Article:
Trustees OK $9M '13 budget
| August 21, 2012 1:38 PM
Libby District 4 School Board of Trustees on Monday approved a $9.495 million budget for 2012-’13 school year that reflects a 1.36 percent increase over the previous and allowed for the 1 percent raise for employees.
The board approved the tally 5-0. Board member Lori Benson was absent.
Superintendent K.W. Maki said preparing this budget was more difficult than others, but certainly was not as difficult as he foresees for next year’s tally.
“Next year, with declining enrollment, there will be much less (revenue),” Maki said. “We have some one-time money that we were able to use this year to fill the holes. Next year, that won’t be the case.”
For example, the district graduated 121 students this spring. Next year, the number of seniors declines to 78, a point Maki said will amount to nearly $500,000 less in compensated revenue from the state.
“We need to think of ways to budget for next year,” Maki said Tuesday. “There are no more schools to close. What remains is to reduce programs and staffs.”
Another option, of course, is a bond referendum or a tax levy, possibilities thus far have been seen as a last alternative.
As for balancing the budget for next year, two board members, Amy Fantozzi and Ellen Johnston, have indicated a desire to make sure there is a priority for classroom education over activities.
It was the second consecutive month that Fantozzi stressed a preference for math, reading and the sciences over extra-curricular opportunities.
“I’m not against athletics,” Fantozzi said. “I played sports in high school, and I was a member of the speech team. I just think before we start talking about doing away with school nurses and cutting back personnel for classrooms, that we take a look over extra-curricular activities.”
The discussion came to a head, when Assistant Principal and Athletic Director Jim Germany sought the hiring of a six-person coaching staff for the Logger football team, which the board ultimately approved.
During a subsequent interview Wednesday, Fantozzi said she understands the liability of not having enough coaches for a contact sport such as football, but when other areas are being cut she thinks it would have been a good gesture for the football program to make a sacrifice as well.
“We have people volunteering in other areas. Maybe one of these coaches, who understands our budget situation, would consider volunteering their time as well,” Fantozzi said.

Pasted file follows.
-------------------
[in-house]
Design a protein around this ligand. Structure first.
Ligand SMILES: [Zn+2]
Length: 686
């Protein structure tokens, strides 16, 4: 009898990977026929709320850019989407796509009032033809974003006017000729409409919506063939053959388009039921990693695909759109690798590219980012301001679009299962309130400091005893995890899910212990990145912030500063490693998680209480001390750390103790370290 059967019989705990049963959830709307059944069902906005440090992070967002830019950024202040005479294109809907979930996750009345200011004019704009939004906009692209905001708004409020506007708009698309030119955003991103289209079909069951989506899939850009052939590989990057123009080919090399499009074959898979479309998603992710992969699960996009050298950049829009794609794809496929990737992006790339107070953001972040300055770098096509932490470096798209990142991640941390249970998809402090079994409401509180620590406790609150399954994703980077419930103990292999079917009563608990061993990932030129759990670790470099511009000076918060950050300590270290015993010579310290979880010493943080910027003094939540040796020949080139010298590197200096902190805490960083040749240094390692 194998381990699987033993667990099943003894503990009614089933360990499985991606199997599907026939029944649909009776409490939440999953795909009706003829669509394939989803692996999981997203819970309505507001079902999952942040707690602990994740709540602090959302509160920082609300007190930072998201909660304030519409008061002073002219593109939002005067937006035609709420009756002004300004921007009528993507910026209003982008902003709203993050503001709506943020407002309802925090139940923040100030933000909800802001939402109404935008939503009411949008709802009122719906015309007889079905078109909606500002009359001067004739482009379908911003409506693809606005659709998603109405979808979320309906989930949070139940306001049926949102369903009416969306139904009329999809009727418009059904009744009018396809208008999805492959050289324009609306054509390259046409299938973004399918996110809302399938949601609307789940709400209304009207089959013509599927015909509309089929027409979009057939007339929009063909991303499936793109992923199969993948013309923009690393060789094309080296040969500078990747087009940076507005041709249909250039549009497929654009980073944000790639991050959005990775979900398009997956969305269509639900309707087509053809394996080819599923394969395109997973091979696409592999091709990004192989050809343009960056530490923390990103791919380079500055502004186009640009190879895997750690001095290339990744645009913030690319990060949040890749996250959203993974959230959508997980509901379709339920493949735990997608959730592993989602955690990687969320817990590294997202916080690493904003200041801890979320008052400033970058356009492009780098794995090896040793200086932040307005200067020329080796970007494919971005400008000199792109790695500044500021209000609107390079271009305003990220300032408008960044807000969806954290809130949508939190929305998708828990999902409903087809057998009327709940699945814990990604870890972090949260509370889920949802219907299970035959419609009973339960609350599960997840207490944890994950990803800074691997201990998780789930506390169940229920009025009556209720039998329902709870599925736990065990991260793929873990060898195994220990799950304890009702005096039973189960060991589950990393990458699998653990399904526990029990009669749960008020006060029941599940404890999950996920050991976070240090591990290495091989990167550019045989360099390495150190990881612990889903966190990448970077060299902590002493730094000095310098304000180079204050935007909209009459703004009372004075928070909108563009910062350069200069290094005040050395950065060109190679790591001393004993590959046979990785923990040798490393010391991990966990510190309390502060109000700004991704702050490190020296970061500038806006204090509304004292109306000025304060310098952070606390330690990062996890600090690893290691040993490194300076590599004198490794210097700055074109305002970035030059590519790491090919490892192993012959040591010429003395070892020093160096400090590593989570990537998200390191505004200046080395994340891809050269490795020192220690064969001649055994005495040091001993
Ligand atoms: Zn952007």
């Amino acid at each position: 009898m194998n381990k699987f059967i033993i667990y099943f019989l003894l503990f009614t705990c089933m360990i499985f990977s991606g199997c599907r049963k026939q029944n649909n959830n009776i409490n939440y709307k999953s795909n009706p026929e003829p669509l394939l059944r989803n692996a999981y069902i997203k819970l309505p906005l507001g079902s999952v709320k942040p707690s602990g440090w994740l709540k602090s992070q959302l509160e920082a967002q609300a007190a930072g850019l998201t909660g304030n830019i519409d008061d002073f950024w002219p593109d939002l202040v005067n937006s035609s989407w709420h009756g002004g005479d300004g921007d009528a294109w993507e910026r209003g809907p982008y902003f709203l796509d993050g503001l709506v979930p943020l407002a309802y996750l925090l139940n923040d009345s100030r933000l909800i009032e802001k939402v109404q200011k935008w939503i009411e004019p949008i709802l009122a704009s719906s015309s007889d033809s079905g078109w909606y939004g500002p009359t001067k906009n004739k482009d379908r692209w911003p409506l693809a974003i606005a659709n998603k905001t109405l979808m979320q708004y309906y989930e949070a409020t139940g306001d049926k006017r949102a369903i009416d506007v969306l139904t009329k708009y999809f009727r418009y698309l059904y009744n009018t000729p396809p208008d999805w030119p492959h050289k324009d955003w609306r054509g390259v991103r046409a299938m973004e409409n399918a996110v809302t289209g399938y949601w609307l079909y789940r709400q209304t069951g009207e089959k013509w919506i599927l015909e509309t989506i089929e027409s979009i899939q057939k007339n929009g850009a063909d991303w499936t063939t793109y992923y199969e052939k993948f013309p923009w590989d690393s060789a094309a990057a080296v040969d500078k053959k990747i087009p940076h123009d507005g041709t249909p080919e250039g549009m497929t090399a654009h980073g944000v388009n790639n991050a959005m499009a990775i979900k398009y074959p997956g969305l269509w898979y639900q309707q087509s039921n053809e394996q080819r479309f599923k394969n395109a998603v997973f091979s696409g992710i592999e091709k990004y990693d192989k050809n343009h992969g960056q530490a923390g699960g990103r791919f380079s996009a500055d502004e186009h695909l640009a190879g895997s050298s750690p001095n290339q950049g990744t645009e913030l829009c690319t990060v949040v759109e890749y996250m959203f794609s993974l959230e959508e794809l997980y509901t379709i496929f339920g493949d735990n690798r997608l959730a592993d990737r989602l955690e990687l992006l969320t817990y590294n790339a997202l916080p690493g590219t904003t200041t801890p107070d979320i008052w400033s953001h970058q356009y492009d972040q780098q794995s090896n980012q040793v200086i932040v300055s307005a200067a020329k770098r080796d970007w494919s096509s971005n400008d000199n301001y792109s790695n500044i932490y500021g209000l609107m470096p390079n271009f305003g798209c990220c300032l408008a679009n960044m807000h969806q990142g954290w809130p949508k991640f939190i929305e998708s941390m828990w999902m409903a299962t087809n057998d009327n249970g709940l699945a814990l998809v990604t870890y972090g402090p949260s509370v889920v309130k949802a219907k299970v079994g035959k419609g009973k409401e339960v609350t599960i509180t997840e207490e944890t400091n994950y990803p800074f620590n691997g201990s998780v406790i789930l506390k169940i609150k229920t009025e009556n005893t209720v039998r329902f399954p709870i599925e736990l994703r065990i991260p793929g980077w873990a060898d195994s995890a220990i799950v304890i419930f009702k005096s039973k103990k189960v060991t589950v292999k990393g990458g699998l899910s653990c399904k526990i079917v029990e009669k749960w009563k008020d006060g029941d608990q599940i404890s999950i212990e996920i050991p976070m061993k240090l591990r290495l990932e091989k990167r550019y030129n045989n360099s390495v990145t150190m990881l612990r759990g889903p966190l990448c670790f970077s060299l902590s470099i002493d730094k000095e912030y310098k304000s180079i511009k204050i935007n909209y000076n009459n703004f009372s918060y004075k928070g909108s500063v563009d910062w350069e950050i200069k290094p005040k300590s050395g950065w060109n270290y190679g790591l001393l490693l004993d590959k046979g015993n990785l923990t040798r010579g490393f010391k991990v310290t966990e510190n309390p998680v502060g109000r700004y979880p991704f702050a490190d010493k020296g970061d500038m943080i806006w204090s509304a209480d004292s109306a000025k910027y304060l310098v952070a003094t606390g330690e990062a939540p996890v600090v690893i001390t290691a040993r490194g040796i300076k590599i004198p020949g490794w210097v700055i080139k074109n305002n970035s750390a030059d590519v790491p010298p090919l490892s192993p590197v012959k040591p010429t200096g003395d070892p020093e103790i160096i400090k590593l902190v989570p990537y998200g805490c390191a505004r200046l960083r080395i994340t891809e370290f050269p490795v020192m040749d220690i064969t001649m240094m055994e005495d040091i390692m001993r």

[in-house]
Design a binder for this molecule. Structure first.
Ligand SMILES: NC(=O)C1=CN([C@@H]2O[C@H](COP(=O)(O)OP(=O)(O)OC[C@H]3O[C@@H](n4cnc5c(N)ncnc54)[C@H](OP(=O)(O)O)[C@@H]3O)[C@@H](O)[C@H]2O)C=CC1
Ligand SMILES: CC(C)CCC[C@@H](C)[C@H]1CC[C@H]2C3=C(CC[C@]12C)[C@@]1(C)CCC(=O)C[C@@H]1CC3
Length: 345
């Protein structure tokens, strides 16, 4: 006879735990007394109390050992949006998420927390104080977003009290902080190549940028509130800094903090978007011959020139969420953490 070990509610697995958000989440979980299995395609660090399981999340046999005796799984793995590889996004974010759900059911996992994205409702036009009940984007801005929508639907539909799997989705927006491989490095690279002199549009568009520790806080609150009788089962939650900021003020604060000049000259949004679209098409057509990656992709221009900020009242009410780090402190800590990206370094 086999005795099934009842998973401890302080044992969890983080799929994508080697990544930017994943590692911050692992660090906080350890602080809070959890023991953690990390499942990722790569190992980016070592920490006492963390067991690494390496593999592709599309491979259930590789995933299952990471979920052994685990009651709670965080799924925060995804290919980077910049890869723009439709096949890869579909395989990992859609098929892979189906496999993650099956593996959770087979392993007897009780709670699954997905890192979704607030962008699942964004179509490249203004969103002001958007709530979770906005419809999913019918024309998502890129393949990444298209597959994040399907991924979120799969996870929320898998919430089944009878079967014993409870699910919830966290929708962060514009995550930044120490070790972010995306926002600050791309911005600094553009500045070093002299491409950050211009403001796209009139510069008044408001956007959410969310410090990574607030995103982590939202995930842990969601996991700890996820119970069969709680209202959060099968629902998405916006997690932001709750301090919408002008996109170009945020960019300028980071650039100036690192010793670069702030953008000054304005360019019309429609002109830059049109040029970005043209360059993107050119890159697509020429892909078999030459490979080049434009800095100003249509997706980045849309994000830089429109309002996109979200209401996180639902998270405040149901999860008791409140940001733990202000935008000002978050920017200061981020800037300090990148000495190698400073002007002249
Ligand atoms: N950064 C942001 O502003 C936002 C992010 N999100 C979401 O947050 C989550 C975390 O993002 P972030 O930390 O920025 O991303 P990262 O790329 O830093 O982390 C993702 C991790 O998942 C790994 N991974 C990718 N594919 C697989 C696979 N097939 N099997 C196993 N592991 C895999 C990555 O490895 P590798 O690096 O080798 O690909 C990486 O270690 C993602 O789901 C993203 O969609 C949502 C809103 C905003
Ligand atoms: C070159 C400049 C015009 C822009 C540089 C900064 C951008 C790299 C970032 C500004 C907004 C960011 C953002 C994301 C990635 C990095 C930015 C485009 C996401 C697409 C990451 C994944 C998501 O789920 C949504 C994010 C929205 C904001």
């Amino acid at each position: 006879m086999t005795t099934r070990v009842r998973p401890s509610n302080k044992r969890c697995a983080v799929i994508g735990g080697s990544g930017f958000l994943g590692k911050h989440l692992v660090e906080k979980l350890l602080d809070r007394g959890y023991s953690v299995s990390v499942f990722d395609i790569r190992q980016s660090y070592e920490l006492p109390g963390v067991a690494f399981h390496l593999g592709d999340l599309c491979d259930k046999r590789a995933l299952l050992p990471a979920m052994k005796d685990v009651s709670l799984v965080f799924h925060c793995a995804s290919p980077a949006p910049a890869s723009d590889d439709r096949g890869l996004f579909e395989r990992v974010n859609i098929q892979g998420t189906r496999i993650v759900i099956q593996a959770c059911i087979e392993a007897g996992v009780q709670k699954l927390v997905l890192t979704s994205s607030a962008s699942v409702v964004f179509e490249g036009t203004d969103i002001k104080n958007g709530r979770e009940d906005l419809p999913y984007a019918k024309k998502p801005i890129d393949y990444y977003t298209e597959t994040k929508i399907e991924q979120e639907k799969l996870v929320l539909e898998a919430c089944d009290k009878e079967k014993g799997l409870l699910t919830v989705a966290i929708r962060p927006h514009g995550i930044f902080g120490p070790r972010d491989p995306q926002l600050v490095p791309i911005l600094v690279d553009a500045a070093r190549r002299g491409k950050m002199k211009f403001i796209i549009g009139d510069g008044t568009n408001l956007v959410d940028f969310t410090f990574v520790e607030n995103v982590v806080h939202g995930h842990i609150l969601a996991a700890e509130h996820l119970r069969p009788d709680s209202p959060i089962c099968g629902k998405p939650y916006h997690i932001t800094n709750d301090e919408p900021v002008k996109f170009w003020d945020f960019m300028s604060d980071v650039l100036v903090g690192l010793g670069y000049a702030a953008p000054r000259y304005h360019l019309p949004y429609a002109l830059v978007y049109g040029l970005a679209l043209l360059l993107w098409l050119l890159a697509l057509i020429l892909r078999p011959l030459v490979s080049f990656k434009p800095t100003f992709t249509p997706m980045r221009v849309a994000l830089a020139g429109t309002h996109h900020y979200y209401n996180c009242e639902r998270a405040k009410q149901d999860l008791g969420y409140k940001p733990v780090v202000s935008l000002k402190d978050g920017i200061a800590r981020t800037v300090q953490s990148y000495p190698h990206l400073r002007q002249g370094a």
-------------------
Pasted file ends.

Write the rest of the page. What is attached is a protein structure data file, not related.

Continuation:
The board approved the hiring of Neil Fuller as head football coach, Tim Hodel, Josh Bean, Kyle Hannah, Wally Winslow and Wayne Baker as assistant coaches. The board also approved Bill Moe and Nik Rewerts as fifth- and sixth-grade football coaches.
Sport coaching positions also approved include Cindy Ostrem Johnston as head volleyball coach, Kyle Crawford and Ann Walker as assistant coaches at the high school.
At the Middle School, Steph Germany was approved as volleyball coach with Lea Spencer and Erin Boothman as other coaches.
Rod Tempel was rehired as the cross-country coach; Dann Roher as the golf coach and Charlie Webster as boys soccer coach and Joe Cik as the girls soccer coach.
The board also heard from Ryan McKee, a 19-year-old student who requested the opportunity to attend Central School so he may get his high school diploma. McKee, who will be 20 when he completes his schooling next spring, missed much of the past year.
“Graduation matters,” Maki said. “That’s what we tell our students. He’s here and wants to finish school.”
The board unanimously approved McKee’s attendance at Central School with the stipulation that his progress be monitored every nine weeks.
Upon leaving the meeting, LHS Principal Rik Rewerts told McKee: “Don’t goof this up.”
The board also saw a PowerPoint presentation from former Vista representative Sindy Fuller on the parent survey.
The survey polled 170 persons from families of students and included 44 teachers.
Among the most-requested is computer and technology training — 40.3 percent of respondents would like to see more of this type of training; 35 percent wanted more reading instruction; 35 percent wanted more academic planning and the remainder wanted more math activities.
The most-requested family participation action was 54 percent indicated they would like to see more luncheons with their child’s activities. Forty-nine percent would consider volunteering with their child’s class and 38 percent would participate in book fairs.
In a somewhat surprising tally, 93 percent of parents said they attended a parent and teacher conference in the last year, while 73 percent said they attended an open house at their child’s school.
Among the most-attended events are sports and concerts, the survey found. The least-attended were book fairs and gingerbread house-making.
A recent letter to parents of school district children from Maki reported the district had failed to meet the Adequate Yearly Progress report for accountability. In Libby, 68 percent of students through testing were rated as proficient. The Montana average is 80 percent. In reading, the Montana standard is 89.6 percent. Libby students performed at 87 percent proficiency.
The AYP mandates, which is part of the 2001 No Child Left Behind Act, have steadily risen since 2001. Board members, while disappointed the district did not meet the criteria, pointed out students have made steady improvements in the years since the mandate. Board members agreed the district may send a subsequent letter to parents highlighting the continued progress despite the shortcoming.
Acting upon the recommendation of its Wellness Committee, the board approved a 24-cent increase in the cost of school lunches from $2.27 to $2.51 for the purpose of increasing the fruit and vegetable offerings at schools. This fall, students will have the option of eating from a salad bar.